We recently received this question about the differences in the Gross Axle Weight Ratings (GAWRs) assigned by axle manufacturers and what’s found on the door pillar sticker on your truck:
Hi, Mike! I have enjoyed several of your articles. I came across the article about payload capacity and how you mentioned that the listed GAWR on your 2013 Dodge Ram was not the actual GAWR that was listed by the axle manufacture. How did you find out the actual GAWR? I am looking at the 2021 Dodge Ram 3500 Limited SRW (I still want luxury). I want to purchase a nuCamp 820. While I realize that the 3500 limited can easily carry it, but I also plan on pulling a 5,500-6,000 pound trailer (I want to start tracking my car at historic tracks around the country). That means, I will lose about 500 pounds of payload just from the tongue weight of the trailer. To safely carry the camper, pull the trailer, carry all the gear I need, and passengers, I need a payload of about 4,300 pounds, but prefer closer to 4,500 to play it safely. I really do not want a dually. The MegaCab with a short-bed will easily work, but I do not want that as daily driver, too. I prefer the SRW 3500. However, if I cannot make it work, I will get the dually. My thought was to get the SRW, and change the wheels and tires, but want to know if this will actually work to get me closer to my payload needs on the 2021 or 2022 model? Any assistance would be greatly appreciated. Thanks, Carlos in Texas.
Hi, Carlos. This is actually a great question. As you know from your previous research, the GAWRs listed by the big three (Ford, GM, and FCA) are thousands of pounds less than the GAWRs listed by axle manufacturers (which in FCA’s case, is American Axle and Manufacturing (AAM)). Why is this? Because of the OEM tires and wheels. For 3/4-ton and one-ton trucks, the big three typically use OEM load range E tires and wheels with a little bit of a safety margin over the truck’s assigned GAWR. For example, the AAM 11.5 rear beam axle that came with our 2013 Ram 3500 SRW has a 10,900-pound GAWR rating, nearly 4,000 pounds more than the GAWR listed by FCA (these ratings can be found on AAM’s website). That’s a big difference. However, that doesn’t necessarily mean you can use that extra 3,900 pounds to haul a bigger camper by getting higher rated wheel and tires. This is because there are other things, besides wheels and tires, that are used to calculate a truck’s GVWR/payload like the strength of the truck’s frame and the OEM components used in the truck’s suspension.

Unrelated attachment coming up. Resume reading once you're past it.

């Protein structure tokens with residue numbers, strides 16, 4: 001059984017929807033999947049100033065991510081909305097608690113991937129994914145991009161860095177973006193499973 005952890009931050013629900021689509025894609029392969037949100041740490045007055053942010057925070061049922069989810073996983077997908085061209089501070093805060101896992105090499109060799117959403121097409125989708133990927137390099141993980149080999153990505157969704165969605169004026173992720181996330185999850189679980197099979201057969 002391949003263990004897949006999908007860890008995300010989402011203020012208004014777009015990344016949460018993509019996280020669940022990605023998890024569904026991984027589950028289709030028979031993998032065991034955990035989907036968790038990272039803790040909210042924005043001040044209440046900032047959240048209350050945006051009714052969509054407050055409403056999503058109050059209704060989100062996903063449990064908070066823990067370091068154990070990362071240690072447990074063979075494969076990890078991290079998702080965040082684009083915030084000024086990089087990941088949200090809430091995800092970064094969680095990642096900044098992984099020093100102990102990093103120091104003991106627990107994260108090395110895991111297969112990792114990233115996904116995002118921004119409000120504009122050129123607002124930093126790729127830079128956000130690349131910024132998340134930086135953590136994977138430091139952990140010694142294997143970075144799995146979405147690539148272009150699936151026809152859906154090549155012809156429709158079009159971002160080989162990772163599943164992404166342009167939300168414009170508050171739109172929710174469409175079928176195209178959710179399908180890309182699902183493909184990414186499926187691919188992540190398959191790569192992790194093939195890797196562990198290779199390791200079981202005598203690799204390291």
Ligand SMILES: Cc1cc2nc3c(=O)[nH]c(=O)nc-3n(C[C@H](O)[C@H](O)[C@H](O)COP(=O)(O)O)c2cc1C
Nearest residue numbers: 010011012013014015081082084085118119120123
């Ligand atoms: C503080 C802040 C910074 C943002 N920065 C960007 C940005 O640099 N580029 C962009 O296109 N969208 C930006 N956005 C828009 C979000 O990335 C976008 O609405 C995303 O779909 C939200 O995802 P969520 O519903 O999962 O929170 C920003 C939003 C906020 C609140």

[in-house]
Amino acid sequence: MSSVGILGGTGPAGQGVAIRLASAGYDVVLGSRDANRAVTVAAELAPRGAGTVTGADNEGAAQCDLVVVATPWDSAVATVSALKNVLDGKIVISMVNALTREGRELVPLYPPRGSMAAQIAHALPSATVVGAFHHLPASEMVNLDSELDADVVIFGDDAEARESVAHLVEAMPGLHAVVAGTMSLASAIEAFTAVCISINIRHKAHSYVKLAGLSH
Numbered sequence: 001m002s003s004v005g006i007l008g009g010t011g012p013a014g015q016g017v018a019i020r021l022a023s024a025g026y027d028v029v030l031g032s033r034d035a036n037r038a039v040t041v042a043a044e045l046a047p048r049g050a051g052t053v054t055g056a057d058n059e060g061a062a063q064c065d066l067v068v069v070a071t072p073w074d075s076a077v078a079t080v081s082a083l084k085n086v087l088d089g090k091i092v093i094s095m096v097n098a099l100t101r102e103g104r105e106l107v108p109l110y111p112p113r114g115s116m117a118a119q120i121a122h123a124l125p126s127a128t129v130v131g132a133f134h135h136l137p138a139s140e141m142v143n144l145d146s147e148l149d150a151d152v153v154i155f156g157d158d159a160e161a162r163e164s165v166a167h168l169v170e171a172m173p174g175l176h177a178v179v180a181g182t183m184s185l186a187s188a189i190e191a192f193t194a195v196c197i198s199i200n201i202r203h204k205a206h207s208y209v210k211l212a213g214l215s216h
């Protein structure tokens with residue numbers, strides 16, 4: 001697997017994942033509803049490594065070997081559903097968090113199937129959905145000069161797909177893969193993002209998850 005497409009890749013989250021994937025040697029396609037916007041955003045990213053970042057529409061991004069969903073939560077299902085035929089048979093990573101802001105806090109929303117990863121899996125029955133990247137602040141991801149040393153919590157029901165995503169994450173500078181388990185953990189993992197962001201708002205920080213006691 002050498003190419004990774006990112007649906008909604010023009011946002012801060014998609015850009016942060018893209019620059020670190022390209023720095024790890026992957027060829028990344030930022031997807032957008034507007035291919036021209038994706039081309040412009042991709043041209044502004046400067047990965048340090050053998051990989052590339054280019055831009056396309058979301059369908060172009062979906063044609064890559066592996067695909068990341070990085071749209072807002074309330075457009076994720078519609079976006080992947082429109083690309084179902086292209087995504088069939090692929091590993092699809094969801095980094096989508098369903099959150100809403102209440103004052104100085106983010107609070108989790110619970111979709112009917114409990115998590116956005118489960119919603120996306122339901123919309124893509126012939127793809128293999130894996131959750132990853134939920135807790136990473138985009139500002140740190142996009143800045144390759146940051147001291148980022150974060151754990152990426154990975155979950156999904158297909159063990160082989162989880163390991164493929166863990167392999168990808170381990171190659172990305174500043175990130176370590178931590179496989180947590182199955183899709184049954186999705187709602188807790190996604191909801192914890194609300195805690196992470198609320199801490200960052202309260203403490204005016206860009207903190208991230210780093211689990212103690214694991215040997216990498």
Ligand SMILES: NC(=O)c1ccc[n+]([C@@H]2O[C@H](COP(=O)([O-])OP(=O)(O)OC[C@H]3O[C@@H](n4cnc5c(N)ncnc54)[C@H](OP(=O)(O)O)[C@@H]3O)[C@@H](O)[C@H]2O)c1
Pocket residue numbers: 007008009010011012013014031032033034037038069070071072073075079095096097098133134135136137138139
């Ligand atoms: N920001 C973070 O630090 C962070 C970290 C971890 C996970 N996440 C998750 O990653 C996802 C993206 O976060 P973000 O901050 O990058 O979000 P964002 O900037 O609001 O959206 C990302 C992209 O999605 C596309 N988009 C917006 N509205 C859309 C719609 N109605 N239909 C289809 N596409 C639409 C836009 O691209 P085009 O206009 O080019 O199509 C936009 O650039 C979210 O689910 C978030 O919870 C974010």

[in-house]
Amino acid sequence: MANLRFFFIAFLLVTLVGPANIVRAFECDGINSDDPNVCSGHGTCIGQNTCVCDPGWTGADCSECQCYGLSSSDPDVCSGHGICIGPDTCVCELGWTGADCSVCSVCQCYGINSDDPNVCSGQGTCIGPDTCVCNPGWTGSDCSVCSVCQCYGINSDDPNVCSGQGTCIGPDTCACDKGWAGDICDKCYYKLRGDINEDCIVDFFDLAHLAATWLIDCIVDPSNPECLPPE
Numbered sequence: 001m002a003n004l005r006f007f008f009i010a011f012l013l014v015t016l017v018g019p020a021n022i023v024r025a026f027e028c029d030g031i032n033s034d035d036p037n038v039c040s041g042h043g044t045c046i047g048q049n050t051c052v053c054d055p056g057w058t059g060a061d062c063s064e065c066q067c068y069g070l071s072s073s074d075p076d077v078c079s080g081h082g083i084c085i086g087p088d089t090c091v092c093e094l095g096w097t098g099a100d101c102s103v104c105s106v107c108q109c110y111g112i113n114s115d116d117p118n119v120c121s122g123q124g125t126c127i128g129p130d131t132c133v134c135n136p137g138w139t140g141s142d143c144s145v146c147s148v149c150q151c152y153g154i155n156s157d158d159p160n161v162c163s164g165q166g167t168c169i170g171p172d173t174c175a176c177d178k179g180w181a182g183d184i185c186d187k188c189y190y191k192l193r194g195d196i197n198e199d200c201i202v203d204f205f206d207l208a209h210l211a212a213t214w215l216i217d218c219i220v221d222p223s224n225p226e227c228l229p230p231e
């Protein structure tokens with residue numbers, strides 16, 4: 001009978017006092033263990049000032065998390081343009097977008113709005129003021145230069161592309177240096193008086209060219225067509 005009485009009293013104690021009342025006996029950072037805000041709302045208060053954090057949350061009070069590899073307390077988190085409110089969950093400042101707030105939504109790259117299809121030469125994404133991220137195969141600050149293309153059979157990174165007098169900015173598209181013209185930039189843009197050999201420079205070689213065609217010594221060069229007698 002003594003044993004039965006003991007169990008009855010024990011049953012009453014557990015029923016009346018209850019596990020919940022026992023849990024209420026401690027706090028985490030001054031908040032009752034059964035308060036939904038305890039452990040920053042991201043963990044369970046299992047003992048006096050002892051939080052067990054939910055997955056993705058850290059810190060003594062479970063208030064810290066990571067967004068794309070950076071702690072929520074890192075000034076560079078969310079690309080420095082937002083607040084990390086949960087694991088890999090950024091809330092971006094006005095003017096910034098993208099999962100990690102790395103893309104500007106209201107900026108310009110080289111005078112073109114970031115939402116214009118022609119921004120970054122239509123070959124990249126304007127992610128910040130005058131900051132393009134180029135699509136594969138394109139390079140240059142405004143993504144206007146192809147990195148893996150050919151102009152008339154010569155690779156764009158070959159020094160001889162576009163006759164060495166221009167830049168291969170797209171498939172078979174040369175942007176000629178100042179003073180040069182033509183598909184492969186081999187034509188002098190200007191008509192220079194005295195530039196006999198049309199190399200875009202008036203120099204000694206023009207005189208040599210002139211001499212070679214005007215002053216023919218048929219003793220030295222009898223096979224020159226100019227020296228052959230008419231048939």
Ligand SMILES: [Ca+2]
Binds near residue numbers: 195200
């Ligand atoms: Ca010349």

So can you officially raise the payload rating of a Ram 3500/Ford F-350 by getting higher load range F or G wheels and tires? Not officially—only truck manufacturers and a few select spring shops can do that—but you can improve the “safety margin” of your total truck camper load by getting them. Just make sure that what you order is what you get and what they install on your truck. We had this problem happen to us several years ago with nearly disastrous consequences.
What are we currently running on the Truck Camper Adventure Rig? We have Cooper Discoverer AT3-XLT 275/70R18E tires rated for 3,640-pounds each along with Ion rims rated for 4,000 pounds each. For highway driving, we typically inflate these tires to 80 psi rear and 65 psi front. Off-road, we typically run 45 psi rear and 40 psi front.
With regards to the Ram 3500 SRW, if we were shopping for a new truck, we would buy one with the optional “max tow package.” Why? Because this gets you a higher GVWR/payload rating as a result of using AAM’s larger 12-inch rear beam axle. I couldn’t find the GAWR of this new axle (even on AAM’s website), but this beefier axle will have a higher GAWR than the 11.5. My guess is that it would fall in between the 12,000 to 13,000 pound range because of this official statement found on AAM’s website.
Now whether you can get the AAM 12.0 in a single rear wheel configuration (SRW) is the question. The dealerships I spoke to recently say that you can only get this option on a dual rear wheel (DRW) truck, but I know a few 2019 and 2020 SRW owners who were able to order it from the factory as well. But even if you can’t, you can’t go wrong with the tried and true AAM 11.5. It’s been used for years with great success, which is why the FCA is still using it. Indeed, it’s hard to see any truck camper owner topping out the 10,900-pound GAWR of the AAM 11.5 in any truck camper configuration soon.